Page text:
Snow Tuesday Afternoon Through Wednesday
A lengthy period of snow will start this afternoon in the Finger Lakes and persist into Wednesday night with highly variable amounts of snow accumulation expected.
Similar to last week, a nor’easter has teamed up with an area of low pressure moving across the Great Lakes. A frontal boundary between the two systems extended the westward extent of the snow into the eastern Finger Lakes.
The nor’east has mostly absorbed the Great Lakes low this morning as it continues to lift north along the New England coast. A wedge of relatively dry air aloft has worked into the Finger Lakes with the only snow this morning near and east of I-81.
Large amounts of atmospheric moisture lurk just north of Lake Ontario and will pivot southward towards the Finger Lakes starting this afternoon. As this moisture moves in, snow will spread from north to south through the afternoon and evening hours.
At first, the snow will probably be a bit disorganized with temperatures aloft and at the surface marginal for lake enhancement. Still, a few localized squalls will be possible, especially near and north of I-90 this evening.
The snow should become better organized and more widespread overnight and into Wednesday, intensifying through the morning and into the afternoon.
The heaviest, most widespread snow will likely be during Wednesday afternoon before the snow begins to taper off Wednesday evening.
Winds will also increase on Wednesday with frequent gusts of 30-40 mph. With temperatures likely just shy of the freezing point, road conditions could become rather sloppy on Wednesday.
Explaining the Snow Map
This snow is likely to be very location and elevation dependent, which of course makes for a complicated and difficult forecast.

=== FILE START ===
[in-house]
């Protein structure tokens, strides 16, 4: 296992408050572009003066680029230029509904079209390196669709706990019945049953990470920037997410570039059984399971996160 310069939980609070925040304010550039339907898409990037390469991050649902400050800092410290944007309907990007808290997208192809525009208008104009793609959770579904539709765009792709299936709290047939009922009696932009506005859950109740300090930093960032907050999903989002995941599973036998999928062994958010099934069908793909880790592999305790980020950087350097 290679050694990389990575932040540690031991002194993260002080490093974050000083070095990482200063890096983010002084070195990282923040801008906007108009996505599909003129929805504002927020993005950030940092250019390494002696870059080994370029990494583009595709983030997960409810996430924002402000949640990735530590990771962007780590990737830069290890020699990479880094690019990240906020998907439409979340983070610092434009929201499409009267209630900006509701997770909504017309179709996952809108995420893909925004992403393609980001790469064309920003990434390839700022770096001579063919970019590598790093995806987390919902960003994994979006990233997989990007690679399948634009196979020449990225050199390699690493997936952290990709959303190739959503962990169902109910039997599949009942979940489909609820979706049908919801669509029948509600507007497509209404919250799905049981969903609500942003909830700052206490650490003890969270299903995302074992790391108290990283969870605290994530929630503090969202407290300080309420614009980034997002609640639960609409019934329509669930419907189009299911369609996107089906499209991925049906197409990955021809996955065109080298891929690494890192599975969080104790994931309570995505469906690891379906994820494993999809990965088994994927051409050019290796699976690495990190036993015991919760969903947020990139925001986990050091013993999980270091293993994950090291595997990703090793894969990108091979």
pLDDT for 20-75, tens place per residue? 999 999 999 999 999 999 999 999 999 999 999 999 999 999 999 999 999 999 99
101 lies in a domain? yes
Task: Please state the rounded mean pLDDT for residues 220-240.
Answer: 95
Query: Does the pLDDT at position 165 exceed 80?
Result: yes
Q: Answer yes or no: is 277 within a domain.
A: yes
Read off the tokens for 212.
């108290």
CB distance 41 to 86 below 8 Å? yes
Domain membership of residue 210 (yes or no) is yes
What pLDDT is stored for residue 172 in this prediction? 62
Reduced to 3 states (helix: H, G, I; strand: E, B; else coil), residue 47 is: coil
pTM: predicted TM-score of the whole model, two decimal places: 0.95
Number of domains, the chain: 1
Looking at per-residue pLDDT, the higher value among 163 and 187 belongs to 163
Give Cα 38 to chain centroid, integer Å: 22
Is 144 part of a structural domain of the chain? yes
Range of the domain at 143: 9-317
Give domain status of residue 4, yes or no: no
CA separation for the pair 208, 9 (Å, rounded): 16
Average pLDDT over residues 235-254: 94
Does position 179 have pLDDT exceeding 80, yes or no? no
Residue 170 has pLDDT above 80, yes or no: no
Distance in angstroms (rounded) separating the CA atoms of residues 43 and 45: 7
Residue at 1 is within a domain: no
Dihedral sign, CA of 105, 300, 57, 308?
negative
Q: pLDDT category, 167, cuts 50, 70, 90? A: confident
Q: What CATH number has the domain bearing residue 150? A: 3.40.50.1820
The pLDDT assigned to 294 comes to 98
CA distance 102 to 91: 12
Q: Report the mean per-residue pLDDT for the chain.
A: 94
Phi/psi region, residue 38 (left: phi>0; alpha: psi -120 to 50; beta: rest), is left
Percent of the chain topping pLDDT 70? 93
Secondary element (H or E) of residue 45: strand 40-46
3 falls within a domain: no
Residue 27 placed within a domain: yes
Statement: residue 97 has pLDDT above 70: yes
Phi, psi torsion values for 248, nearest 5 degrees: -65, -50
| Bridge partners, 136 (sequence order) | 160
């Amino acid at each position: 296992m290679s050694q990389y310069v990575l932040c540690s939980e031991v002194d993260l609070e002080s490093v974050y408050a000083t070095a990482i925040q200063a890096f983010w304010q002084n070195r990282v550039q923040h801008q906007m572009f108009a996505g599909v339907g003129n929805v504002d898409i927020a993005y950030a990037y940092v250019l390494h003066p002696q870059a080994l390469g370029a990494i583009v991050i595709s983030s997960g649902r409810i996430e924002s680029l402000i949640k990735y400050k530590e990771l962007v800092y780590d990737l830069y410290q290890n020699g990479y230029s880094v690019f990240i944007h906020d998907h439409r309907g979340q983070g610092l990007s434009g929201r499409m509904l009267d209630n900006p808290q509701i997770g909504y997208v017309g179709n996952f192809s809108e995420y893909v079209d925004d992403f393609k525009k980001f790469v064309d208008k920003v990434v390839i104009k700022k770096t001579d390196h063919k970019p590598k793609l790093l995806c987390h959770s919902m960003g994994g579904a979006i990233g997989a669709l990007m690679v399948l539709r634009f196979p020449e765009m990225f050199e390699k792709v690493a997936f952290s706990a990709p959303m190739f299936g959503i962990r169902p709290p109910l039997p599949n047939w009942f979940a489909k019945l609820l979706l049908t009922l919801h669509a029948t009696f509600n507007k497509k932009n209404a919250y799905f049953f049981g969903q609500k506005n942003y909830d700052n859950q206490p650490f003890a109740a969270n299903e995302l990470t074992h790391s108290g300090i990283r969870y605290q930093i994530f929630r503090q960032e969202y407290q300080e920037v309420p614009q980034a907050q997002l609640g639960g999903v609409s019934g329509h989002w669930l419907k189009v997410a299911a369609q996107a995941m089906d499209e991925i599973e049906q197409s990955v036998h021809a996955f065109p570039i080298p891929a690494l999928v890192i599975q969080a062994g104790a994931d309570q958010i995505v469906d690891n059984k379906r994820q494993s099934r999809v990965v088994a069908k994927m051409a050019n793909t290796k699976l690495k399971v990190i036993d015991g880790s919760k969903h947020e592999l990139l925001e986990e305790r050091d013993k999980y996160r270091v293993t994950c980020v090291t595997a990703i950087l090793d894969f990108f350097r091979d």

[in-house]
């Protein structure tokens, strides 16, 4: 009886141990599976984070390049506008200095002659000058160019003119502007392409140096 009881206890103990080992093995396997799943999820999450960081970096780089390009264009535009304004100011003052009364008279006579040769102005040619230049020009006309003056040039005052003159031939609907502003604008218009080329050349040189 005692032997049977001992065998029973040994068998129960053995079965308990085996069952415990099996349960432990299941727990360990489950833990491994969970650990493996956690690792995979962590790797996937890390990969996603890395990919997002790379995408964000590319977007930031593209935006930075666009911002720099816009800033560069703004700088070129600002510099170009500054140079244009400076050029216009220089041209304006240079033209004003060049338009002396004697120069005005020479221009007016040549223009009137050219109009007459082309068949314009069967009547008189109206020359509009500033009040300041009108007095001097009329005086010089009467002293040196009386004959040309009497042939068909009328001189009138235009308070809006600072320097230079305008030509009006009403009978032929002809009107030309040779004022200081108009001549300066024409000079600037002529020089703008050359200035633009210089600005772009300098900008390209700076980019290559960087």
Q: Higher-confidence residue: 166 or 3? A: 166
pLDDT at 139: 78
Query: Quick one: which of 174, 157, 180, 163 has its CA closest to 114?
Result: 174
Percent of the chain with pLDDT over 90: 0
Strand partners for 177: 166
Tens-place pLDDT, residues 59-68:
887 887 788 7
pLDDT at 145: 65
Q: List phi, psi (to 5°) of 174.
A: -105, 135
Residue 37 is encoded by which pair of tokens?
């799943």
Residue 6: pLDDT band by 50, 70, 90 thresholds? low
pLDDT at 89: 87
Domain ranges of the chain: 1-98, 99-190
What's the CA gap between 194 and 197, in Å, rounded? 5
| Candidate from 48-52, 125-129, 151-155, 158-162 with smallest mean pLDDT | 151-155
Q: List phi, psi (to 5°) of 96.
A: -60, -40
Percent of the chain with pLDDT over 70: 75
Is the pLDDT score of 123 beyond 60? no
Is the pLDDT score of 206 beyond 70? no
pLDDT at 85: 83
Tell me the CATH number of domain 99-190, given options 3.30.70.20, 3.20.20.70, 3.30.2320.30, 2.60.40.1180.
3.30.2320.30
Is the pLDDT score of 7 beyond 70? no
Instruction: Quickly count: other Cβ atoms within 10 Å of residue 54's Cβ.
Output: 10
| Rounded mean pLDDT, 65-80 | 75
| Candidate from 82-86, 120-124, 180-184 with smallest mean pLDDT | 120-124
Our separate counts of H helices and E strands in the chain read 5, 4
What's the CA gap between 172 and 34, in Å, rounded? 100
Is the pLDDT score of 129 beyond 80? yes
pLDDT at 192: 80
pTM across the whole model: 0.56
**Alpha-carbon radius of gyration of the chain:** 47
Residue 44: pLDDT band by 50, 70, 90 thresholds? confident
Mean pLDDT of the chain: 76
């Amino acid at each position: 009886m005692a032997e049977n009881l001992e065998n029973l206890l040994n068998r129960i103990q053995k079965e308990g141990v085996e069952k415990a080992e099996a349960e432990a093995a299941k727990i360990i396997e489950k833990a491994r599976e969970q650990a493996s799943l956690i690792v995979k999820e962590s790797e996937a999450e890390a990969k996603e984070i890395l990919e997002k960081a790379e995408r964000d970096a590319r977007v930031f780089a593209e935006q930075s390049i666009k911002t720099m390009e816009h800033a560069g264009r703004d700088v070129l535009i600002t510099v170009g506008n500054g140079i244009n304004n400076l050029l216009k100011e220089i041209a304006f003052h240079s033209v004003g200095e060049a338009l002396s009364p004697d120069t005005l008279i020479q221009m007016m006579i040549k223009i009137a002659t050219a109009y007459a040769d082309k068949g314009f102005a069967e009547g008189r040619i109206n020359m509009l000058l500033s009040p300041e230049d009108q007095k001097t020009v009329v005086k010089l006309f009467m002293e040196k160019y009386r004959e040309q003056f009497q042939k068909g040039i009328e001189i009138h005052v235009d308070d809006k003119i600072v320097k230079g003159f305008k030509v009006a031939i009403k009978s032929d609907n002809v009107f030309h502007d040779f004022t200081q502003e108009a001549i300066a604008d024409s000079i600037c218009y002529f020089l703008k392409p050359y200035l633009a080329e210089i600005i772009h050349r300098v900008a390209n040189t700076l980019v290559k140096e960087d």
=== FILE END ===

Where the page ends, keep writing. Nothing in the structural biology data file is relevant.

I expect the highest snow amounts to be in two primary areas. First, a ribbon of snow amounts apporaching a foot will be possible across Wayne, northern Cayuga, and into Oswego counties. The close proximity to Lake Ontario will produce these higher snow amounts.
Further south, areas east of Owasco Lake and south of Syracuse, where the terrain is more elevated, could also approach a foot. The hills of Madison County, where snow is and will continue to fall this morning, have the best shot at going over a foot.
Generally speaking for the rest of the area, amounts will be greater further north and over higher elevations. A great example of this playing out is the Ithaca area. While the city of Ithaca may only see a few inches, higher elevations west and east of Ithaca could see substantially more snow.
The lowest amounts will stretch across the Southern Tier. Juggling the impacts of higher elevations against being so far from Lake Ontario made for an especially difficult call across these areas.
In all, the general patterns of where the highest and lowest amounts are shown on the map will likely verify. The location-by-location analysis of exact amounts is much less certain.
Still, use the zip-code forecasts for the best idea of what to expect in your exact location over the next 24 hours:
Flurries, Wind, Cold Linger
Once the primary snow falls apart Wednesday night, the remainder of the week will turn out brisk and cold.
Scattered snow showers are possible on both Thursday and Friday, but with little if any accumulation.
Temperatures on Thursday will sneak into the middle 30s which should help clear some of the snow from the roads.
Friday, however, will be colder, with highs struggling into the middle 20s.
Winds will continue to be strong both days, with gusts over 30 mph possible. Of course, this will result in some rather cold wind chill readings on Friday.
The wind will finally taper off Saturday and especially Sunday, but temperatures may get stuck in the low and mid 30s both days.